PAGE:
• Journal Article

Cocaine disposition in humans after intravenous injection, nasal insufflation (snorting), or smoking

Citation

Jeffcoat, A., Perez-Reyes, M., Hill, J., Sadler, B., & Cook, C. (1989). Cocaine disposition in humans after intravenous injection, nasal insufflation (snorting), or smoking. Drug Metabolism and Disposition, 17(2), 153-159.

Abstract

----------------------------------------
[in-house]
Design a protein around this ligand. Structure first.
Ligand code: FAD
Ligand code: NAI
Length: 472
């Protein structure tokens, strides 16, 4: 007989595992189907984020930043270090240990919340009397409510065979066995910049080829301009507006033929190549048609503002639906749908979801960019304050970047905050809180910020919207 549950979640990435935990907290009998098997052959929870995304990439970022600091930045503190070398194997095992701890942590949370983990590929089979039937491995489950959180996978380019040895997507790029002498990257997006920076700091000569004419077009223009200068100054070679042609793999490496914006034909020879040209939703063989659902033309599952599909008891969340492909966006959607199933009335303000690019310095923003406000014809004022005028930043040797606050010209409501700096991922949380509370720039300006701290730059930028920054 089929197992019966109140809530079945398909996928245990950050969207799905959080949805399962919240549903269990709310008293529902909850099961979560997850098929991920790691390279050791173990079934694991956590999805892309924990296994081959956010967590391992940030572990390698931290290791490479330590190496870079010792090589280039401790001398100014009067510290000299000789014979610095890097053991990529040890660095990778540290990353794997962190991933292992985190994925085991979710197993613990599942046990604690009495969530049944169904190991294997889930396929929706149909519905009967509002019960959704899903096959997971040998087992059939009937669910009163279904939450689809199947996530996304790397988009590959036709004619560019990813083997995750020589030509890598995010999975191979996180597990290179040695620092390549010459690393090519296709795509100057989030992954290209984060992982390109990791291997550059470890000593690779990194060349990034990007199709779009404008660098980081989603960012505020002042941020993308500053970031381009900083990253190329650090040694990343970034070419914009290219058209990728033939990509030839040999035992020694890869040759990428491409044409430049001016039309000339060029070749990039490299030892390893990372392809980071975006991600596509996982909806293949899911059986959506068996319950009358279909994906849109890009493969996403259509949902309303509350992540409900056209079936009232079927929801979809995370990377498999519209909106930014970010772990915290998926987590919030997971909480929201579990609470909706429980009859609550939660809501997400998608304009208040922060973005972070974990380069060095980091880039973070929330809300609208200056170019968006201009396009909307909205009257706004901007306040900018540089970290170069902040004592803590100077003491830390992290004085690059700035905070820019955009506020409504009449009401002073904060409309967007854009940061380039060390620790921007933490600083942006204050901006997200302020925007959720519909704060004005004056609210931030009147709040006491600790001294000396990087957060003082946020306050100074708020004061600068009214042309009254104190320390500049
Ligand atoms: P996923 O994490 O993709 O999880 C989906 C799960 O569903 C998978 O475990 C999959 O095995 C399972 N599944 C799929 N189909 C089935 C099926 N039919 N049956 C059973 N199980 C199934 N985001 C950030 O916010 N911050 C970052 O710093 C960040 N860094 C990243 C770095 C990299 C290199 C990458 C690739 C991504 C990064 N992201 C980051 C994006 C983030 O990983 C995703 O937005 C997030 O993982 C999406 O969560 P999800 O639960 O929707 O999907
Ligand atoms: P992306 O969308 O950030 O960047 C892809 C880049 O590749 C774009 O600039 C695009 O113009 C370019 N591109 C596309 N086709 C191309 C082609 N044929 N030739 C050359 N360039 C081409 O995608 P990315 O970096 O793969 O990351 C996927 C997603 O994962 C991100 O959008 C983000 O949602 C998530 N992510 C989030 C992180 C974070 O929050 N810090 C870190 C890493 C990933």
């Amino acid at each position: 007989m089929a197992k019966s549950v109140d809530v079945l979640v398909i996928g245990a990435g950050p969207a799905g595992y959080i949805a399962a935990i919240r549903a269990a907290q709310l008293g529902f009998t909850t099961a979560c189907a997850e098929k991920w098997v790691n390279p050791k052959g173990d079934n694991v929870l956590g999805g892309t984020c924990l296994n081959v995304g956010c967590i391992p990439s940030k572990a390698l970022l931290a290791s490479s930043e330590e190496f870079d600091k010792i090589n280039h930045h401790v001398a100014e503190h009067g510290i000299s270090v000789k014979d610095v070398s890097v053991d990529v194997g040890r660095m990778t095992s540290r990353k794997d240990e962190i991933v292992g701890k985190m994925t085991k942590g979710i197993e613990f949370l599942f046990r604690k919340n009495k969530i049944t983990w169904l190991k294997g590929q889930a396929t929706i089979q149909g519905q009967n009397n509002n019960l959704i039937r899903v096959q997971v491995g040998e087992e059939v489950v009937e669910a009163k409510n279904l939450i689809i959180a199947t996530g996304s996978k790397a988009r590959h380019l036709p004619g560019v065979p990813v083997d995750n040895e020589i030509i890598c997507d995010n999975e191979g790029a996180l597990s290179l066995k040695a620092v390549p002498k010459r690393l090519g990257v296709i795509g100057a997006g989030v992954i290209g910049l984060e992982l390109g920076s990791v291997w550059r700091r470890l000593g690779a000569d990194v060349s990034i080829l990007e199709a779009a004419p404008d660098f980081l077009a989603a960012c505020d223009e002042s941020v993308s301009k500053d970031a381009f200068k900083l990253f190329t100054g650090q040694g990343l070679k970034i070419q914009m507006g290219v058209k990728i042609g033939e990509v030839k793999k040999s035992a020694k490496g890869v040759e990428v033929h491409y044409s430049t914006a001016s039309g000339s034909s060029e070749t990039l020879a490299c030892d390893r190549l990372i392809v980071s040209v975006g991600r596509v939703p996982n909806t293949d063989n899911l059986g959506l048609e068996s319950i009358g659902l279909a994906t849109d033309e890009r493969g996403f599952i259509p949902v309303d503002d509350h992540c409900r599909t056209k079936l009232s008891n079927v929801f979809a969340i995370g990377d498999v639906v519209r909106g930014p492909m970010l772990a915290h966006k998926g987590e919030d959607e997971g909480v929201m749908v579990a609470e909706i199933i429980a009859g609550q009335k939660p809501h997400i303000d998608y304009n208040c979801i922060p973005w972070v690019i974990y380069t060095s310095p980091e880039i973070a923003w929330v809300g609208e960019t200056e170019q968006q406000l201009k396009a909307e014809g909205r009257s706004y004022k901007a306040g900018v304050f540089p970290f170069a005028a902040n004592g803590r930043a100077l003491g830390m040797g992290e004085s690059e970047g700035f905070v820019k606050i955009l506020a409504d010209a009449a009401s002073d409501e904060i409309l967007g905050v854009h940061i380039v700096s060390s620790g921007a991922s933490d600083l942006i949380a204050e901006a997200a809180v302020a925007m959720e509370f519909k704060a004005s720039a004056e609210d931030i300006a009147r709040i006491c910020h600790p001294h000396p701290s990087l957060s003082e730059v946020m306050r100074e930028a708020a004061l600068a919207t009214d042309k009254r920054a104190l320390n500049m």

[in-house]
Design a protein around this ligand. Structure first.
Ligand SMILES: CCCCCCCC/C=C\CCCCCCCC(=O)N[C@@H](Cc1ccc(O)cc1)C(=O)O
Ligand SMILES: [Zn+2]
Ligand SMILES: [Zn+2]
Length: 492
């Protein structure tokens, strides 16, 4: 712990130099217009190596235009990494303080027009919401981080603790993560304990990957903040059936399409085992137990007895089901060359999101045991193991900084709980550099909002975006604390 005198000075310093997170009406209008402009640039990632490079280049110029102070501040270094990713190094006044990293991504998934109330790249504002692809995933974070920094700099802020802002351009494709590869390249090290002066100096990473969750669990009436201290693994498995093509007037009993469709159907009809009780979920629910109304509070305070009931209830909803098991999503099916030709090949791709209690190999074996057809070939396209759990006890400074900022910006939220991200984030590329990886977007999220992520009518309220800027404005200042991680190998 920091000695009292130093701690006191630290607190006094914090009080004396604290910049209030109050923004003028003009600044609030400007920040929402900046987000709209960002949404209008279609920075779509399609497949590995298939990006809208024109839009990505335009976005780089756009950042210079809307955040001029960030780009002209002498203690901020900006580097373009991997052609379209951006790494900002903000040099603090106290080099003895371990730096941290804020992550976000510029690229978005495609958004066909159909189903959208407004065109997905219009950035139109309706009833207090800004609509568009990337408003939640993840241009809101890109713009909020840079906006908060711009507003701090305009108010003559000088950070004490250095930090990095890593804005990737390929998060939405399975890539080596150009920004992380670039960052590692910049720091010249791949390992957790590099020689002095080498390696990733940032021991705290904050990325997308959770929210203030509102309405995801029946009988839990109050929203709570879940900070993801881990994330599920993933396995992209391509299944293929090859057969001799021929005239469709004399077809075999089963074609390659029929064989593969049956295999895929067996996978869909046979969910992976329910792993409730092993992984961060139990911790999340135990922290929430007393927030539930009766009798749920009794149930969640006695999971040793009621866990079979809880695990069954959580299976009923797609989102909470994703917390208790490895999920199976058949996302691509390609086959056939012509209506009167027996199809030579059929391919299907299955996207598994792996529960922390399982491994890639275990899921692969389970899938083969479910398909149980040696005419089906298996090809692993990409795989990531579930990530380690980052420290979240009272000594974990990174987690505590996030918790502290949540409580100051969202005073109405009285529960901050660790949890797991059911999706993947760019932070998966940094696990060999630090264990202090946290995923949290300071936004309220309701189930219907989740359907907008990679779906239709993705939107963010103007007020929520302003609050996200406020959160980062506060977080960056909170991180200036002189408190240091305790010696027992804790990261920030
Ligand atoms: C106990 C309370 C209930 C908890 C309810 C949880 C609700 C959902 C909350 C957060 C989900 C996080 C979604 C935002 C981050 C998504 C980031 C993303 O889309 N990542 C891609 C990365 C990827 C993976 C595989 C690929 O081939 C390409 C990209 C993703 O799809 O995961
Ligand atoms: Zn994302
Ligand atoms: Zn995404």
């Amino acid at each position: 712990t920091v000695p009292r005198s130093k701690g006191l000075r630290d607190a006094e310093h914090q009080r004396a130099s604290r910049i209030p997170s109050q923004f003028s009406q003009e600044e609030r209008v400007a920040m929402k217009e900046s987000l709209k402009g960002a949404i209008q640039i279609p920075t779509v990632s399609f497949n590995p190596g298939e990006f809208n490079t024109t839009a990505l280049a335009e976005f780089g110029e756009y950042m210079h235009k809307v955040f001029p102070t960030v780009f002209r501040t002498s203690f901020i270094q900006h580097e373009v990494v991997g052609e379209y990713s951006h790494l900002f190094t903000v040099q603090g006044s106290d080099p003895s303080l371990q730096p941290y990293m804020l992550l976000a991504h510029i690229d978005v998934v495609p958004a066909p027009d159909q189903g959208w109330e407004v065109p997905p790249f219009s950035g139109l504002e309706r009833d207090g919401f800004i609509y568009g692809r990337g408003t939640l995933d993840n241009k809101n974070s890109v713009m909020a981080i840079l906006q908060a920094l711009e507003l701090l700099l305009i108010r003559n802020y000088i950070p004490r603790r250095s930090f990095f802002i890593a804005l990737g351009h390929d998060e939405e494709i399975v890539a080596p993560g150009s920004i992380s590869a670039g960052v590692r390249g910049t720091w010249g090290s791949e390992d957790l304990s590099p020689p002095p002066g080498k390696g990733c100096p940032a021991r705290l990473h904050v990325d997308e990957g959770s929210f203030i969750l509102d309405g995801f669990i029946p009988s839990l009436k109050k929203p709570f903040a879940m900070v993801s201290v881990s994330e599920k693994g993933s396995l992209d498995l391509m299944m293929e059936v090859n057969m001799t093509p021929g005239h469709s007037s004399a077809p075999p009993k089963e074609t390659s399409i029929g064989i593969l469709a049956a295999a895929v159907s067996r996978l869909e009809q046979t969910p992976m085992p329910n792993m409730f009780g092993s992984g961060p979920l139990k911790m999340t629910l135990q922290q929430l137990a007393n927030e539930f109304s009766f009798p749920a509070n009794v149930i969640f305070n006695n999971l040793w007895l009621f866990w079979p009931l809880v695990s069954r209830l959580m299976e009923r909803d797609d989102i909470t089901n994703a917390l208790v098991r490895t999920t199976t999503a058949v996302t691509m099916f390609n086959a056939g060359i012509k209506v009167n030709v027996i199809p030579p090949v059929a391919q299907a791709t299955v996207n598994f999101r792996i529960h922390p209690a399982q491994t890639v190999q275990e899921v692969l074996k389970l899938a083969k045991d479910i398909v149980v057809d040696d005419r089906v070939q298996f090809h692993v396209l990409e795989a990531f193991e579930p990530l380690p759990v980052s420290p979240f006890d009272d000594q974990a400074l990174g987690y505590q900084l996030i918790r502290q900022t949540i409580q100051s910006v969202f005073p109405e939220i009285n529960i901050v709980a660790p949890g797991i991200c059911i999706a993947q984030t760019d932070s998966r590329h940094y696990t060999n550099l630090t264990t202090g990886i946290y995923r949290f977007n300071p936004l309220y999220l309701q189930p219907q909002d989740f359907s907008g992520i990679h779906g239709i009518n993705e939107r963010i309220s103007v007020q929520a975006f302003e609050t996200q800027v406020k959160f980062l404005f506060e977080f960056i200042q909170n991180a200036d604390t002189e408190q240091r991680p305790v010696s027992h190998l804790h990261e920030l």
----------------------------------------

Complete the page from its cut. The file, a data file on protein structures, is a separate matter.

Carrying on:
The disposition of radiolabeled cocaine in humans has been studied after three routes of administration: iv injection, nasal insufflation (ni, snorting), and smoke inhalation (si). Metabolism, followed by urinary excretion of metabolites, proved to be the major route of elimination in all cases. Hydrolytic products (benzoylecgonine, ecgonine methyl ester) were the major excretion products. Benzoyl ecgonine was generally most prevalent, but after smoking two subjects excreted larger amounts of ecgonine methyl ester and the ratio of the two compounds averaged lower in subjects who smoked cocaine. Low binding of cocaine to plasma proteins was observed and blood to plasma ratios were essentially unity. The volume of distribution of cocaine is low (2.70 liter/kg for V beta). Absorption of smoked cocaine was rapid (half-time of 1.1 min). Absorption after ni was slower (half-time of 11.7 min). After iv injection, a rapid distribution phase was observed (half-life of 11 min) and the elimination half-life was 78 min. In 16 subjects divided into three groups based on routes, the half-life based on the average rate constant was 69 min. Bioavailability was good after ni (80%). Undecomposed cocaine from si was well absorbed, but observed bioavailability was diminished by degradation from heating